Stuart Schulberg

Scen.: Stuart Schulberg. M.: Joseph Zigman. Mus.: Hans-Otto Borgmann. Prod.: Pare Lorentz per OMGUS. 35mm. D.: 76’. Bn.

T. it.: Italian title. T. int.: International title. T. alt.: Alternative title. Sog.: Story. Scen.: Screenplay. F.: Cinematography. M.: Editing. Scgf.: Set Design. Mus.: Music. Int.: Cast. Prod.: Production Company. L.: Length. D.: Running Time. f/s: Frames per second. Bn.: Black e White. Col.: Color. Da: Print source

Film Notes

Nürnberg und seine Lehre is not a German film but a film for Germany, proved at least in part by the fact that it never had a major (or even minor) release in the US, which had bankrolled its production through OMGUS (Office of Military Government of United States for Germany) and provided the creative talents (some of whom, like the blacklisted Michael Gordon, would soon find themselves persona non grata there). The film was made as part of the Allied re-education effort: to explain to the local public the purpose and meaning of the Nuremberg trials (still going on at the time of the film’s release), and show that they’re not an example of victor’s justice but a first step in making a new Germany. Schulberg focuses on the first, most famous and only trial examined by prosecutors and judges from all four Allied occupation forces: the one against leading figures of the Nazi administration, industries and armed forces. Nürnberg und seine Lehre comprises mostly excerpts from The Nazi Plan (1945) and Nazi Concentration Camps (1945): films that were presented during this trial as evidence. That was a smart idea. Firstly because this was how German public got to see some of these images, and through them a first-hand idea of the evidence amassed; secondly because it ever so tacitly established an authority for the Allied film production as a moral arbiter. The film was also probably deemed helpful for re-establishing some basic trust in the judicial profession – the excesses of Roland Freisler and certain of his colleagues had left Germans wary of courts. All that said, one wonders why Nürnberg und seine Lehre was only released in November 1948 if it had been ready since early autumn 1947 (on September 27th that year a preview-premiere had been held in Washington, DC). The delay also ensured that it appeared after the Soviet Union had presented its view of proceedings through Roman Karmen and Elizaveta Svilova’s Sud narodov (1947). A lot had changed in these 14 months: relations between the three Western Allies and the USSR had gone from bad to worse, escalating with the Berlin Blockade. Nürnberg und seine Lehre had become an argument in the Cold War battle of ideas.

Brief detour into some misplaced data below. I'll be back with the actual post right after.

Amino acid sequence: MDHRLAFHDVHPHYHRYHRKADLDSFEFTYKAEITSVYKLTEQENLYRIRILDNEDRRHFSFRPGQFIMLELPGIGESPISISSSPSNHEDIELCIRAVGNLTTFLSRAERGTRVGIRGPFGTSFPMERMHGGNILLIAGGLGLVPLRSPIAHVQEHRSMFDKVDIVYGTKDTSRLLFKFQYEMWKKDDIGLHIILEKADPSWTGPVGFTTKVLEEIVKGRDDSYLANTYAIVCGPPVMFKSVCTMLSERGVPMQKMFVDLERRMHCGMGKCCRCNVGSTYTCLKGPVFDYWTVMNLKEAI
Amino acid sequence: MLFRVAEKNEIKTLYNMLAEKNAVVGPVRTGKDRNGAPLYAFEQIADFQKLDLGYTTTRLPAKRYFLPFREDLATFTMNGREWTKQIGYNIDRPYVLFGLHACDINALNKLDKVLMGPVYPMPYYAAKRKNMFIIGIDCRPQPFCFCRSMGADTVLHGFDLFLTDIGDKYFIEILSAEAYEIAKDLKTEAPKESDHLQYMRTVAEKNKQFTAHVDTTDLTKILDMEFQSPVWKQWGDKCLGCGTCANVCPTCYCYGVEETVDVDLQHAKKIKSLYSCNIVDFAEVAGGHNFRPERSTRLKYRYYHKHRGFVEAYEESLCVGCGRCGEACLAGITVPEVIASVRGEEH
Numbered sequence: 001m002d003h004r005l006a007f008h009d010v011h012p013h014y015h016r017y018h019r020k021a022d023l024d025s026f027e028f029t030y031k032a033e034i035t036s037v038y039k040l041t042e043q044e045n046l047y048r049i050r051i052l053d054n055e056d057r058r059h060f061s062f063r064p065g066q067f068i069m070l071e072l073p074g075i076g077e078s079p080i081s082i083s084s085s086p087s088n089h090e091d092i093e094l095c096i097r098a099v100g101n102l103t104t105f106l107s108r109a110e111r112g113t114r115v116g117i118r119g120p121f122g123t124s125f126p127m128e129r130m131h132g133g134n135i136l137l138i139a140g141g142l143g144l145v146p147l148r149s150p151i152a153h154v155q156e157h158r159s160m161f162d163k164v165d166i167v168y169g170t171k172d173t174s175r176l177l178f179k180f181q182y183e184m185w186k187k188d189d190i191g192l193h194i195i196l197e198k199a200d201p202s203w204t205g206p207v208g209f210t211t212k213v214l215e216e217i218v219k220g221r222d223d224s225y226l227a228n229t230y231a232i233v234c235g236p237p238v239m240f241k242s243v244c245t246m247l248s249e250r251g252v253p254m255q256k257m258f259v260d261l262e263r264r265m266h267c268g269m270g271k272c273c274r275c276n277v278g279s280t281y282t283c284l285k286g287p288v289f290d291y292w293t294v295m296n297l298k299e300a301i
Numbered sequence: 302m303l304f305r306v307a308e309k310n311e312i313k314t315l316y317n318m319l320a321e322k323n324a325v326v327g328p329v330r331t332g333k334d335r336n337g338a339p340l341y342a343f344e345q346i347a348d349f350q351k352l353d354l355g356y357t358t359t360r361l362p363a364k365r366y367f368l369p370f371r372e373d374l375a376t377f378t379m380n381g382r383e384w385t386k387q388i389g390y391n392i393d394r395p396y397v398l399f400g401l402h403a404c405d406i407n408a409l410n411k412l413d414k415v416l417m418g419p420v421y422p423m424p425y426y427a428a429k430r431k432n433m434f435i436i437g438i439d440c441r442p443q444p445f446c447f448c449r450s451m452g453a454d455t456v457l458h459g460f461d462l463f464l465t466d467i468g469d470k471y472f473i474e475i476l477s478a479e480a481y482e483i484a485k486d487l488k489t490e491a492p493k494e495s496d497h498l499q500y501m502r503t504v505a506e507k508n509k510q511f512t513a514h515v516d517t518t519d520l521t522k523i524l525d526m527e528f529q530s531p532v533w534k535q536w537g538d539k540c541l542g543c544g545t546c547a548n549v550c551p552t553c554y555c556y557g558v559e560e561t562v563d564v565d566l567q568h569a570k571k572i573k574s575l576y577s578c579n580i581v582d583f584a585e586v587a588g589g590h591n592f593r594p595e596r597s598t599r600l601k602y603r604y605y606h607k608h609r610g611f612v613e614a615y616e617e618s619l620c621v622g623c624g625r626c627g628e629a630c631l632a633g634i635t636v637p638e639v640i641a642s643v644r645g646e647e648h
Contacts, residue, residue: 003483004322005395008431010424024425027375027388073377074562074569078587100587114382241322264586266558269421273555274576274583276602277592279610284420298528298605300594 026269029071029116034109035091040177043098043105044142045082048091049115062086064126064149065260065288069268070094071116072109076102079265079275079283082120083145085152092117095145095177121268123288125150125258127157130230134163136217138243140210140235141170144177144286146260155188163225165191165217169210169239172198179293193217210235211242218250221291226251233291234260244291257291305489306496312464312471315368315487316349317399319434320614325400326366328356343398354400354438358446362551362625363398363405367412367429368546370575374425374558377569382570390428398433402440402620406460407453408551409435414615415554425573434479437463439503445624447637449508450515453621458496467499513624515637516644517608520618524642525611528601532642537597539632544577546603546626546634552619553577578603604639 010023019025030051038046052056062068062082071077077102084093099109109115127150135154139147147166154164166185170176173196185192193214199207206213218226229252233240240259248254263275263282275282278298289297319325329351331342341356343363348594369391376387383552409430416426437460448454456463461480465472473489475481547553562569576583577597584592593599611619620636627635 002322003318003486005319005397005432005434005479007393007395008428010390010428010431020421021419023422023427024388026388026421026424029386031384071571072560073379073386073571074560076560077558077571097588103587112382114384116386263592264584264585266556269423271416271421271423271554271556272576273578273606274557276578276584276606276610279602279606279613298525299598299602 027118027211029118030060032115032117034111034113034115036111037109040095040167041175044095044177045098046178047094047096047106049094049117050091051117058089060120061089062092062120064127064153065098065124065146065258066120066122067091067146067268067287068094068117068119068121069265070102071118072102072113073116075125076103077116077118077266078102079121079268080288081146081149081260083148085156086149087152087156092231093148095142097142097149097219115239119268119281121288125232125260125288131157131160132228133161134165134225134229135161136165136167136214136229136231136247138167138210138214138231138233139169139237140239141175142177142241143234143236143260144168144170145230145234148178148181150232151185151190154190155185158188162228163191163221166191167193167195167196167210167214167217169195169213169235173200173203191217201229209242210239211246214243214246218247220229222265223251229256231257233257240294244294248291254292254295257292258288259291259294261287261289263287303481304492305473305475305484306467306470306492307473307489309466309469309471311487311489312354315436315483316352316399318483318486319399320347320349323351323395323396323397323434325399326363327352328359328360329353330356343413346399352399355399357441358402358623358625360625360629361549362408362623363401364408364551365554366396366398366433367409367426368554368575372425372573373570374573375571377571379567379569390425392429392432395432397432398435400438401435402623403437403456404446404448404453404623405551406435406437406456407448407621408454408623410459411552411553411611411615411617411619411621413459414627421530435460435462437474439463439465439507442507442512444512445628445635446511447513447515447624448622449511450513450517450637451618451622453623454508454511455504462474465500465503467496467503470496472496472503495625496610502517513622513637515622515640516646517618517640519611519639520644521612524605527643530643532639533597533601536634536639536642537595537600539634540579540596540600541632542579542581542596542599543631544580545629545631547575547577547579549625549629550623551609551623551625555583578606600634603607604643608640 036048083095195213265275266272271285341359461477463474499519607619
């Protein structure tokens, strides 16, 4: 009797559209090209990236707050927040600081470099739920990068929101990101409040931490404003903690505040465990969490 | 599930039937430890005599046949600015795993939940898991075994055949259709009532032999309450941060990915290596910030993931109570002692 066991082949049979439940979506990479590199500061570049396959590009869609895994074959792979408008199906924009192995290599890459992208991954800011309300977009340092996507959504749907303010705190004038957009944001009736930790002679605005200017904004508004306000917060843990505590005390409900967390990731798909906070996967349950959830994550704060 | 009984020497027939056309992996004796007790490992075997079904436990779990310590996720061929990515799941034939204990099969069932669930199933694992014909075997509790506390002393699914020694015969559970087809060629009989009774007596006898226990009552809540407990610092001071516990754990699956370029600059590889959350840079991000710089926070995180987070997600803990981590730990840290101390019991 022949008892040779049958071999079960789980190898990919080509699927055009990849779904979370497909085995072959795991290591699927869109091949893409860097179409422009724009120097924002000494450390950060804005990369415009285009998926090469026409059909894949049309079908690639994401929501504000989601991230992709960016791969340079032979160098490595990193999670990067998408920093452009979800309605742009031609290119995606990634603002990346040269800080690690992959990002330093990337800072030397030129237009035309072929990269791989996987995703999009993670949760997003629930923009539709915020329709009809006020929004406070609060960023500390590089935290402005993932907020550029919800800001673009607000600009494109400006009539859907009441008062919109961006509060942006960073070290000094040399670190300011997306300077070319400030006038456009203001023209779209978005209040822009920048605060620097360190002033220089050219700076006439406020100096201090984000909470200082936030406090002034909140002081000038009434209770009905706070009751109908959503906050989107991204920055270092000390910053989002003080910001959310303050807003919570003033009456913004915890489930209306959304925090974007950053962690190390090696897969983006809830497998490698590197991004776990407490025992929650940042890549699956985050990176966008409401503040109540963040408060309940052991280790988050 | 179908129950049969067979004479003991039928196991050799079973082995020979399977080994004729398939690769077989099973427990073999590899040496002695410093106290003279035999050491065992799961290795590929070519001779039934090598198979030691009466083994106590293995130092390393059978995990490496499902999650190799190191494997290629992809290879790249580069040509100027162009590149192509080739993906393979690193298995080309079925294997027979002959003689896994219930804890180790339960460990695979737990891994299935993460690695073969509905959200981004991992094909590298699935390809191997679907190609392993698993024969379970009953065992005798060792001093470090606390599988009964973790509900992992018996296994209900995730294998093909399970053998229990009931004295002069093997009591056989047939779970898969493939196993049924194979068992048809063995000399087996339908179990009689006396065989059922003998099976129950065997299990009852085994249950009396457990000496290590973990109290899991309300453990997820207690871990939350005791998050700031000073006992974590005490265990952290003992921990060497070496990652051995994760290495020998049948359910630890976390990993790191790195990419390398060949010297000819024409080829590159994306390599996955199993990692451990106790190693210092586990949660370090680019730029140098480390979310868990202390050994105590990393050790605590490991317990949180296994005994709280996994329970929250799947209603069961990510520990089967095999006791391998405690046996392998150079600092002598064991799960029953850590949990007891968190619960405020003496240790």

Olaf Möller

Copy From

by courtesy of USIA – Embassy of the USA in Berlin